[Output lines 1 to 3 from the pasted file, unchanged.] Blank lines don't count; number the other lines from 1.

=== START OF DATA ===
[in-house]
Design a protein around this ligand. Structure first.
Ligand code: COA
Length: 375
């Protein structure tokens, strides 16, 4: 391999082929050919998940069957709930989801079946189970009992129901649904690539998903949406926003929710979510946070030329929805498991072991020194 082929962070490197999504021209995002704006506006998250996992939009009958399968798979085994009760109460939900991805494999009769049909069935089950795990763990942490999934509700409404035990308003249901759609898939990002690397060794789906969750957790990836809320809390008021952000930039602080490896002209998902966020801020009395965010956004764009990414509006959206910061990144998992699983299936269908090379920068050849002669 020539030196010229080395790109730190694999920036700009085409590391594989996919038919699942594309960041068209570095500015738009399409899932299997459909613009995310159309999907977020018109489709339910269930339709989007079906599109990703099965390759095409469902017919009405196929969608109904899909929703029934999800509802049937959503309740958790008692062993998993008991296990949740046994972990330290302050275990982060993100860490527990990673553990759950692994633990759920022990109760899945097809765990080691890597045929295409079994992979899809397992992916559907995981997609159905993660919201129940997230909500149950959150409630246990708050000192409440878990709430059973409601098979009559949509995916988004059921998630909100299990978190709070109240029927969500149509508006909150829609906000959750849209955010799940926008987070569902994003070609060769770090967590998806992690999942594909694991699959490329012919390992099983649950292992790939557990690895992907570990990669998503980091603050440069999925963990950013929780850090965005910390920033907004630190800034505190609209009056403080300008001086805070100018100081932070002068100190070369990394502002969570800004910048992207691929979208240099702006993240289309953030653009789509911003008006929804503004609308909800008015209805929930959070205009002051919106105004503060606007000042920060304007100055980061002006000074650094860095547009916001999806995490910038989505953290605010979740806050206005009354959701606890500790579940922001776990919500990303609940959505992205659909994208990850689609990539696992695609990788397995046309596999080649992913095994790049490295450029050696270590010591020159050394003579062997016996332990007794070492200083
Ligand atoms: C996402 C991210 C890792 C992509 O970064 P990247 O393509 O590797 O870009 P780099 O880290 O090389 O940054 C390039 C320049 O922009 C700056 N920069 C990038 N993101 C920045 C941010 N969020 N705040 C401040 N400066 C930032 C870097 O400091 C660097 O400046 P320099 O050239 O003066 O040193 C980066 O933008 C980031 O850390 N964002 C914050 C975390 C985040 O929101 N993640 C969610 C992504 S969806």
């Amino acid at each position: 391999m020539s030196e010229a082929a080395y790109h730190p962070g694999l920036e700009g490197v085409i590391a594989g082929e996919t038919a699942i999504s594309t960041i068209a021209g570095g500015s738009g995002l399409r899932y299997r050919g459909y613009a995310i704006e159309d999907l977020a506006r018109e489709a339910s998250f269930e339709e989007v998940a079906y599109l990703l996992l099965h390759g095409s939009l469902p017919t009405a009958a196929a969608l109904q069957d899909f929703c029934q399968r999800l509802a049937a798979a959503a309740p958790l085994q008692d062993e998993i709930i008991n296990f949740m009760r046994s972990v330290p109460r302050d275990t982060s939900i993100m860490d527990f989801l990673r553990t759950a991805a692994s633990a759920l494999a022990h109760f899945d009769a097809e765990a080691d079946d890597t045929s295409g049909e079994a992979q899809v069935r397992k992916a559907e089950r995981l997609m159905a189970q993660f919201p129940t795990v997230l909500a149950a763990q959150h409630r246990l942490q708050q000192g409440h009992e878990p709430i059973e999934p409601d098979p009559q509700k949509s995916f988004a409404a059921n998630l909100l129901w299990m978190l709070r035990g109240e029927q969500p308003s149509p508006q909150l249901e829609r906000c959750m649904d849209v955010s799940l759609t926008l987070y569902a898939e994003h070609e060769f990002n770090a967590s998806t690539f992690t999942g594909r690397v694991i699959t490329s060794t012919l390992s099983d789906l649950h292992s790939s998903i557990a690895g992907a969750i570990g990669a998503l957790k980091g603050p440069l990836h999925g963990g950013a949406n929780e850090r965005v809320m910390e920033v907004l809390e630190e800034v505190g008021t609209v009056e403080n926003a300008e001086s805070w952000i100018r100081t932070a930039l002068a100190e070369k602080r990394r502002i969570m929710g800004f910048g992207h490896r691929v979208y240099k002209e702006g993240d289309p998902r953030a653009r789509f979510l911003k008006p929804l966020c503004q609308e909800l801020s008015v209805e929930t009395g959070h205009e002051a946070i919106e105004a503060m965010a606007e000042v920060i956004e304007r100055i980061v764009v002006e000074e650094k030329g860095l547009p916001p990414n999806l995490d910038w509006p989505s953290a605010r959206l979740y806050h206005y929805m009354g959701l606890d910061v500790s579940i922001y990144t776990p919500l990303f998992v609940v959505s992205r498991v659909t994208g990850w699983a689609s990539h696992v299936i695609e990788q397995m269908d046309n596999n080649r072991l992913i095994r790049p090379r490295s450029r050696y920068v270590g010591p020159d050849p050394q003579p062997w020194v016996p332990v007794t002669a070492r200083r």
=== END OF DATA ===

[in-house]
Design a protein around this ligand. Structure first.
Ligand code: COA